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11 - 20 of 44 results for: TAPS ; Currently searching autumn courses. You can expand your search to include all quarters

TAPS 39D: Small Project Stage Management

For students Stage Mananging a TAPS Senior Project or Assistant Stage Managing a TAPS department production. Pre-approval by Laxmi Kumaran (laxmik@stanford.edu) required for enrollment.
Terms: Aut, Win, Spr | Units: 2-4 | Repeatable for credit | Grading: Letter or Credit/No Credit
Instructors: Kumaran, L. (PI)

TAPS 50: Arts in Context: The Process of Cultural Production (ARTSINST 50, MUSIC 50)

A combination of practical skill-building and discussions with practicing arts professionals, this course will provide students with the foundational skills necessary to produce programs on campus and/or work in the arts. The talks and workshops will cover topics including curatorial practice and programming (for both visual and performing arts); grant writing and other fundraising methodology; budgeting and financial management; contracts and other legal considerations; and public relations and marketing. Every session is open for drop-in attendance, or students may take the entire series for credit. May be repeat for credit.
Terms: Aut | Units: 1-2 | Repeatable for credit | Grading: Letter or Credit/No Credit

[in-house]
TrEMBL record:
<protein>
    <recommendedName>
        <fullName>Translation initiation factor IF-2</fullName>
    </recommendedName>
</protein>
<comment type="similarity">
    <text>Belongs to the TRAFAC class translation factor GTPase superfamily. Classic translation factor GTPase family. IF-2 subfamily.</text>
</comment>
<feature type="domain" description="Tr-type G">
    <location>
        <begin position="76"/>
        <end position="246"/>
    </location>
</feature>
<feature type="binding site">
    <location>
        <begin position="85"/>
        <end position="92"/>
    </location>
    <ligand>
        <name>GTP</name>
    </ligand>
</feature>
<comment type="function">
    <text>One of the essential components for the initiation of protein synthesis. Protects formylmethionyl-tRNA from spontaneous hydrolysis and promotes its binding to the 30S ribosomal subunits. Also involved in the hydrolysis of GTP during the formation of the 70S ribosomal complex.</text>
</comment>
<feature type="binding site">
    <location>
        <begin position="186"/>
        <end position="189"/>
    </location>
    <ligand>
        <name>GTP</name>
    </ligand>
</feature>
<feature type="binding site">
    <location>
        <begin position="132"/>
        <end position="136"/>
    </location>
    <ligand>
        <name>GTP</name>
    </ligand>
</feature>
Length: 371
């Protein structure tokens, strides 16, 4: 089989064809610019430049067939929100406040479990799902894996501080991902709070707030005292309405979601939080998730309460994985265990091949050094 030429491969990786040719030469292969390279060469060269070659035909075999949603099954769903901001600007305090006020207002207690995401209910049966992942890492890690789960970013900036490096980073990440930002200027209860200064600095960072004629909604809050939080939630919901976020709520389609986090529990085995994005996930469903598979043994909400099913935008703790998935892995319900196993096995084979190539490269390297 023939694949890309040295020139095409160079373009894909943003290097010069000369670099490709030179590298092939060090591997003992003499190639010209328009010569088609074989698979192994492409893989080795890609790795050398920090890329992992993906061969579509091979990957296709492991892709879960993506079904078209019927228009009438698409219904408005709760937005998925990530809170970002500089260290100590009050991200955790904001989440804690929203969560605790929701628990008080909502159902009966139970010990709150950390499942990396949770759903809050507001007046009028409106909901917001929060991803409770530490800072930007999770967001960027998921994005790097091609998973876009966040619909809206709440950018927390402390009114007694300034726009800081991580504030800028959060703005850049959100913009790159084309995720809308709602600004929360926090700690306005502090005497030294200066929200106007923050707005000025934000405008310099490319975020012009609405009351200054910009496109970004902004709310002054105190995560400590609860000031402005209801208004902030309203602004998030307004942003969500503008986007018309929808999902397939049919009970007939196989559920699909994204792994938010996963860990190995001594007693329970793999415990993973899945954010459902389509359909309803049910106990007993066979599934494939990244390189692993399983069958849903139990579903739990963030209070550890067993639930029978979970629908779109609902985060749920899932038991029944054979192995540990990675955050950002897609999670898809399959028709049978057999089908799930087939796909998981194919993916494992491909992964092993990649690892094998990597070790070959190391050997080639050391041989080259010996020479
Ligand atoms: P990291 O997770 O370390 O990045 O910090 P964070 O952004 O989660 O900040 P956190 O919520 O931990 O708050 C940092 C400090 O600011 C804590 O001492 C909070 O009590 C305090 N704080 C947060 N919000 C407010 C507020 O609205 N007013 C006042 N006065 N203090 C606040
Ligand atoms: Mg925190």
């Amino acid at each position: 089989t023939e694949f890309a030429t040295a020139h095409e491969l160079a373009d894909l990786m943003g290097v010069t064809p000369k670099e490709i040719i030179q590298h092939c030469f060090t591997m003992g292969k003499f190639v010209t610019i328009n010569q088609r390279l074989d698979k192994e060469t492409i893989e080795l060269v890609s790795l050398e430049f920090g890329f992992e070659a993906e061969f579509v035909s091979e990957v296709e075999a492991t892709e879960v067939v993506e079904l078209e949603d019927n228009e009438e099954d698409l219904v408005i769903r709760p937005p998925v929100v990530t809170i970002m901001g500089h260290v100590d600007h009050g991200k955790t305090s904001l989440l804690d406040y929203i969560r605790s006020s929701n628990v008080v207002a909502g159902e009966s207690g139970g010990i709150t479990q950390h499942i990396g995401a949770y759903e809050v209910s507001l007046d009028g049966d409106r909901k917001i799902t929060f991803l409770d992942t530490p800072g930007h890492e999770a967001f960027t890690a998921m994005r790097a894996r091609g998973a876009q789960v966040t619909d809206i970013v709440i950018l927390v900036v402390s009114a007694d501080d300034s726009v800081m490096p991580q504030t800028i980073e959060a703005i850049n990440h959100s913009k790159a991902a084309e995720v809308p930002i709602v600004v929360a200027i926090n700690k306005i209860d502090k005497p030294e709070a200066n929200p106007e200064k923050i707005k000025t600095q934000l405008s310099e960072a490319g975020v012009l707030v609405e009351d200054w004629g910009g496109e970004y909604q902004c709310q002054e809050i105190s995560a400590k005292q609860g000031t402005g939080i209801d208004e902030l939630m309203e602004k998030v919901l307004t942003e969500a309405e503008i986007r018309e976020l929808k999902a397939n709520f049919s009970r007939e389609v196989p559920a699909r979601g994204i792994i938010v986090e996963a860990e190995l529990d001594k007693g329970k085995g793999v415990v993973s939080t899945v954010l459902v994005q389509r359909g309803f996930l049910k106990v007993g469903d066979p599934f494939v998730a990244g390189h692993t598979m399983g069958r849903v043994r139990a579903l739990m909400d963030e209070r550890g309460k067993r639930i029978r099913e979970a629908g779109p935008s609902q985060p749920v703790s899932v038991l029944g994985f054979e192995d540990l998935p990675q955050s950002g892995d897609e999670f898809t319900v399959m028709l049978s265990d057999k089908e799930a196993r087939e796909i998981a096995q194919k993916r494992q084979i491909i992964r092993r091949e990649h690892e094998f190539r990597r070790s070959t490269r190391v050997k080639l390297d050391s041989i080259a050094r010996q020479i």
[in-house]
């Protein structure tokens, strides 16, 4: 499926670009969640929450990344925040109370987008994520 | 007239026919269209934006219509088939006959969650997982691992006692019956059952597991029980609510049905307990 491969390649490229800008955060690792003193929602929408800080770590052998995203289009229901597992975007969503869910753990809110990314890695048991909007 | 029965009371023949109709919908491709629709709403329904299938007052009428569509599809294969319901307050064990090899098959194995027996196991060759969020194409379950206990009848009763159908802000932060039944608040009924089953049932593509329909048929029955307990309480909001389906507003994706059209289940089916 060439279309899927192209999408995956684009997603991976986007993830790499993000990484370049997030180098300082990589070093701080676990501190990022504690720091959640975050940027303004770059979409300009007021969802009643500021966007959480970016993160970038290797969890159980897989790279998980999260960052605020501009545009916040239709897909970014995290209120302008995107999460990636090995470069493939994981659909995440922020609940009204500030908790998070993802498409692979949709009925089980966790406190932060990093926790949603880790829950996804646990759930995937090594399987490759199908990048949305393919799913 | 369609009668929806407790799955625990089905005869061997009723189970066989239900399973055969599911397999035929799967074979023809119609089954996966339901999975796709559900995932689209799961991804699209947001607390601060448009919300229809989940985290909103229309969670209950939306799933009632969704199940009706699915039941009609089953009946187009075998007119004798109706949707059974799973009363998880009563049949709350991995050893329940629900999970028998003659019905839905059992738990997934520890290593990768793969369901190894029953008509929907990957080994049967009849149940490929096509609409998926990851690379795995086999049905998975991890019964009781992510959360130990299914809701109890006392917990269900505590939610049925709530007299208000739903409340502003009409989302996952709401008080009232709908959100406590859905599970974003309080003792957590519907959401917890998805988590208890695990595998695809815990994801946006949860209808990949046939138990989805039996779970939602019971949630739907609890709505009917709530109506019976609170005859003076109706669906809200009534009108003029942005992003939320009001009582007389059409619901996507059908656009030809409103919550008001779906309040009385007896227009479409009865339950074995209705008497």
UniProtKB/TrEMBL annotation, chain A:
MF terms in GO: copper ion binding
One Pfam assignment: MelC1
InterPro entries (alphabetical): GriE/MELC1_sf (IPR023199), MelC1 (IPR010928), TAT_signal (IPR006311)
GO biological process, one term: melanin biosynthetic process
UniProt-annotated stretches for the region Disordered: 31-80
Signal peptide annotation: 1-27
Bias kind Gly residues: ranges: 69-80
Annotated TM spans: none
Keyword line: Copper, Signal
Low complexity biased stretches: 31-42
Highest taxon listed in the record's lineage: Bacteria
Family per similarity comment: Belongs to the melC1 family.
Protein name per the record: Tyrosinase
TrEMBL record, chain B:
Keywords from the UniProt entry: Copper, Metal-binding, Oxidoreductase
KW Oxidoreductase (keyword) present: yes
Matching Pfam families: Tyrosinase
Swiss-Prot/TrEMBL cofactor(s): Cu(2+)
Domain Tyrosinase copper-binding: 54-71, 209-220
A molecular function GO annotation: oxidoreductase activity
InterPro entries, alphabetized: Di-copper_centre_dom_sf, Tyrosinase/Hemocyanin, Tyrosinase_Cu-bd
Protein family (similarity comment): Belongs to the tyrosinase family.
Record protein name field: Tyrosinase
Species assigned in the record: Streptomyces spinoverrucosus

Instructors: Oh, E. (PI)

TAPS 103: Beginning Improvising

The improvisational theater techniques that teach spontaneity, cooperation, team building, and rapid problem solving, emphasizing common sense, attention to reality, and helping your partner. Based on TheatreSports by Keith Johnstone. Readings, papers, and attendance at performances of improvisational theater. Limited enrollment. Improv, Improvisation, creativity and creative expression. All who sign up are placed on a waitlist. Official enrollment will be determined after the first day of class. Attendance at the first class session is mandatory to be considered for enrollment in the course.
Terms: Aut, Win, Spr | Units: 3 | UG Reqs: WAY-CE | Grading: Letter or Credit/No Credit

TAPS 120A: Acting I: Fundamentals of Acting

A substantive introduction to the basics of the craft of acting, this course gives all incoming students the foundation of a common vocabulary. Students will learn fundamental elements of dramatic analysis, and how to apply it in action. Topics include scene analysis, environment work, psychological and physical scoring, and development of a sound and serviceable rehearsal technique. Scene work will be chosen from accessible, contemporary, and realistic plays. Outside rehearsal time required.
Terms: Aut, Win | Units: 4 | UG Reqs: WAY-CE | Grading: Letter or Credit/No Credit

TAPS 122A: Expressive Techniques in Multimedia Installation And Live Art (ARTSTUDI 122A)

The course focus on multimedia installation and live performances. The theme of the course will be an offshoot of the campus wide celebration of the 200th year anniversary of the ¿Frankenstein¿ novel written by Mary Shelly. For the course the issues of advance medical science in the areas of artificial life forms, stem cell research, biological ethical questions, fictional and non fictional approaches and mythical creation stories will be included. Students will obtain an understanding of alternative ways to speak to issues using various art forms.
Terms: Aut | Units: 4 | Grading: Letter or Credit/No Credit

TAPS 124D: Acting for Non-Majors